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4 reputed gang members held in Santa Monica slaying


Four reputed gang members were booked on suspicion of murder today in connection with a shooting at a Santa Monica park that left one man dead and prompted police to beef up patrols in the area, authorities said.

The shooting occurred shortly before 9 p.m. Tuesday at Virginia Avenue Park, next to a police substation and recreation center where the city's Police Activities League sponsors sports programs to help keep youths out of trouble.

Santa Monica police said they had teamed up with Los Angeles Police Department detectives to determine whether the attack was connected to a deadly shooting several hours earlier in Venice. One of the alleged gang members taken into custody was from Venice, Santa Monica police said.

"Our detectives are working with LAPD detectives to see if there was any commonality between the two shootings," said Sgt. David Hunscke of the Santa Monica Police Department.


As two attackers neared the park, Richard Manuel Juarez, 20, was with three Santa Monica High students, officials said.

The assailants fired multiple shots at Juarez and the others, police said. The three students ran away and were not hit, but Juarez was struck at least once. Paramedics pronounced him dead at the scene.

The two suspects, along with two others who were in a nearby car, were taken into custody after a patrol officer heard gunshots and saw two people running from the park area, police said.

Police said they arrested Patrick Dwight Birdsong Jr., 18; Norman Lovan Cole, 33; Sean Alex Mermer, 29; and a male juvenile whose name and age were not released because he is a minor.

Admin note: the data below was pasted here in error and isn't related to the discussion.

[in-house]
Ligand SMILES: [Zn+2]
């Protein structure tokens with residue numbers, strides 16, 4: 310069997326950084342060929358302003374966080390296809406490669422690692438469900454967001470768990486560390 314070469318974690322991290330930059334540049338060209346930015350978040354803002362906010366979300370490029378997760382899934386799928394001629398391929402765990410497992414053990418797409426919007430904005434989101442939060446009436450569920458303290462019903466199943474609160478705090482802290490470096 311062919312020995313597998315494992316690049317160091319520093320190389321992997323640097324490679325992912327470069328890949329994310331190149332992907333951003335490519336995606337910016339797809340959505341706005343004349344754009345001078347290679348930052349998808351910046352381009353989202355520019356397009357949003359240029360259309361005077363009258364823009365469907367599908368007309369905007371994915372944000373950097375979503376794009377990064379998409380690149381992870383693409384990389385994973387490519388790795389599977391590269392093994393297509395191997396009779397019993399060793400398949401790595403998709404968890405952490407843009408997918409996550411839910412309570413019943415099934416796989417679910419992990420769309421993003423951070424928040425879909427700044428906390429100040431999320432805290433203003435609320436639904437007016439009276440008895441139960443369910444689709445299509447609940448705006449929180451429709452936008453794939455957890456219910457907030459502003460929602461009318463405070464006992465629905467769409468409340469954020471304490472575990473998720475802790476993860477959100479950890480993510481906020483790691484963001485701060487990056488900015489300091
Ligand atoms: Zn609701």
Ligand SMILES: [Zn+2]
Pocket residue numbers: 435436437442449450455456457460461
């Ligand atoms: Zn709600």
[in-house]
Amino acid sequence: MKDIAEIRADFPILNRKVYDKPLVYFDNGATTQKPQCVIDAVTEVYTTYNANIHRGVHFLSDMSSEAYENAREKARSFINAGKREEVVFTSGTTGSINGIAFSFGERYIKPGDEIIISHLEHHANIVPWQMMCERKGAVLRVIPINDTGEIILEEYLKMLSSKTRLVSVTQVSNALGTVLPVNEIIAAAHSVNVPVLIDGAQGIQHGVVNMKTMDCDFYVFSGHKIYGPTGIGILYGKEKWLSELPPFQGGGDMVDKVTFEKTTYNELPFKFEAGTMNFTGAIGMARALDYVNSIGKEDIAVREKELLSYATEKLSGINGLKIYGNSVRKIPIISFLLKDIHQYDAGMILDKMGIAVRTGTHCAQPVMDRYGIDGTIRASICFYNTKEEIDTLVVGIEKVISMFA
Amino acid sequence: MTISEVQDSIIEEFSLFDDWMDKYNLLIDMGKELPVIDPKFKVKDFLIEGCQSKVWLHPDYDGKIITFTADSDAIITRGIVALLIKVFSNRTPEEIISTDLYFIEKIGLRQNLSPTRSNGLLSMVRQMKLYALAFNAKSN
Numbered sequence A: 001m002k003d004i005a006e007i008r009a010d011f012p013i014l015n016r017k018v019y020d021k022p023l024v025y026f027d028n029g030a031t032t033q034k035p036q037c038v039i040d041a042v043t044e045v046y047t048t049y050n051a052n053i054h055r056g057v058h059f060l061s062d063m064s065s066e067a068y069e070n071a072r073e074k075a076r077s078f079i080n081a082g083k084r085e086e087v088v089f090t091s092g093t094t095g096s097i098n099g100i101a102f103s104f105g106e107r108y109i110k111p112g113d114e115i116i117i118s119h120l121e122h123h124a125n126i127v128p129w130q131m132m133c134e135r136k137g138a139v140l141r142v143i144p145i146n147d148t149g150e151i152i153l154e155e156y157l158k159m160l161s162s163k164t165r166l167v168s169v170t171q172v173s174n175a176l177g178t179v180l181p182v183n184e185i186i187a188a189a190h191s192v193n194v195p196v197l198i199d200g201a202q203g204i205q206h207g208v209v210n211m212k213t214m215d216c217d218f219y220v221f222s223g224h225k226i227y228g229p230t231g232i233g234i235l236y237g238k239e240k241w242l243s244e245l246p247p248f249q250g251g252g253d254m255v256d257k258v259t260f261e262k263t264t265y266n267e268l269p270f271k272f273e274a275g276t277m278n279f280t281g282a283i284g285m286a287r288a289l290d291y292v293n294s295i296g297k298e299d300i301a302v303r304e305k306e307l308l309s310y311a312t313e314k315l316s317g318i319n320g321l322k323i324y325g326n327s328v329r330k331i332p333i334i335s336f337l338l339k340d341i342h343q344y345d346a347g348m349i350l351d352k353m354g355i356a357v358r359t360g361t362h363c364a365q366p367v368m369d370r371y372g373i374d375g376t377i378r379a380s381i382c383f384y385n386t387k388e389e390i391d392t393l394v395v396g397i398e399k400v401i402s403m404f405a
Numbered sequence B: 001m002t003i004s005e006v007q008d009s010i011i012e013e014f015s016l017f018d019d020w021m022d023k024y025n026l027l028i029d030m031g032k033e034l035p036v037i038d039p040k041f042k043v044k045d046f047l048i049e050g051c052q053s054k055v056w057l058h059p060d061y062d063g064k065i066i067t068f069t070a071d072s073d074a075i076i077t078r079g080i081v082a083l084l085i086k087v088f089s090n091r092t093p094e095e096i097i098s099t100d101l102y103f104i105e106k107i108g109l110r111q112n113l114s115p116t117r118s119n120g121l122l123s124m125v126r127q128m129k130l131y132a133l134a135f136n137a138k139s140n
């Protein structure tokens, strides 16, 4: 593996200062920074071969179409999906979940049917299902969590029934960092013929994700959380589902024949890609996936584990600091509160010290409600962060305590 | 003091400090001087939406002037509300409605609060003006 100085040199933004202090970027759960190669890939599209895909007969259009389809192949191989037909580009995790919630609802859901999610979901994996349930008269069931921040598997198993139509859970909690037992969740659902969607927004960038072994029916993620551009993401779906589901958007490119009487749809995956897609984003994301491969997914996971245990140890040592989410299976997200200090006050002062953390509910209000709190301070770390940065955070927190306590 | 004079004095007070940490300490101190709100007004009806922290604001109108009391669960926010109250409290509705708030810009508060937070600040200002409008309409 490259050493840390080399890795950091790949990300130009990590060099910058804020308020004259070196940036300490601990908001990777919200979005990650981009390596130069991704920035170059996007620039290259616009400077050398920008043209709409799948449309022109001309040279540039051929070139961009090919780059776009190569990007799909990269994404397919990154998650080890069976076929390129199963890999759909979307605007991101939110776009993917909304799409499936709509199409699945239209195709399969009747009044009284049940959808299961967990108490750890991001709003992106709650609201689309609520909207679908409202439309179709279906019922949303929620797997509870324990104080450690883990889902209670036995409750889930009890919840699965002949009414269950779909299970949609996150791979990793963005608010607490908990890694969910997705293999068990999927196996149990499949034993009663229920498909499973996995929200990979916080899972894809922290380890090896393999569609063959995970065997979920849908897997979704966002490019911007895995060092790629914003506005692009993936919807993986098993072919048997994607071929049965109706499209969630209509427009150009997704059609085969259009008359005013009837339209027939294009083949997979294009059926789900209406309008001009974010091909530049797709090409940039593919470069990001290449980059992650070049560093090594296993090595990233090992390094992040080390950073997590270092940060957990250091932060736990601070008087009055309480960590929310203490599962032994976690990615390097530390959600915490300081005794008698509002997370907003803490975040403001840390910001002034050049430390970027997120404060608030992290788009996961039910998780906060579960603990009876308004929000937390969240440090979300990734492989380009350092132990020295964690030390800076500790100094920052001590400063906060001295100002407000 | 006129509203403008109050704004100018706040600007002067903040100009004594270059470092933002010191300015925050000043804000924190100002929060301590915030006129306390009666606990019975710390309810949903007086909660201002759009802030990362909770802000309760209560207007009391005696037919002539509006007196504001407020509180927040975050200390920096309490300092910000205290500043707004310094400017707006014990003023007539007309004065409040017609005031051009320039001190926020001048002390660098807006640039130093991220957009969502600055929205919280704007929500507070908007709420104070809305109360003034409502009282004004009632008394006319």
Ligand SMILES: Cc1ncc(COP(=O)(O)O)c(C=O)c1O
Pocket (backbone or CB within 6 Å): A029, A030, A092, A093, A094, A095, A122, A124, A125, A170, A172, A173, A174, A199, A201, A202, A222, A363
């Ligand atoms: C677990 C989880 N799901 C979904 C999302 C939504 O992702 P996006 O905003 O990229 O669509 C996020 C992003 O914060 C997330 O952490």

All four were booked on suspicion of murder, attempted murder and promoting a criminal street gang, police said. Cole and Mermer also were booked on suspicion of violating parole.

Juarez was a graduate of Olympic High School, said Oscar de la Torre, a board member of the Santa Monica-Malibu Unified School District.

"He was a good kid," said De la Torre, who also is director of the Pico Youth & Family Center, which offers tutoring and music classes for local youths, and worked with Juarez at the center. "He was in the wrong place at the wrong time."

Workers at Virginia Avenue Park said Juarez often was at the recreational center and described him as well-mannered. He had just finished an art class there before he was slain, friends said.

The park is in the city's Pico Neighborhood, which has struggled with poverty and outbreaks of violence over the years. The area is home to the city's largest proportion of Latinos and African Americans.

"It's hard to understand it because there are so many good things that the city is doing," said Aranzasu De La O, 26, a Harvard graduate who was raised in the Pico Neighborhood and worked with at-risk youths at Virginia Avenue Park.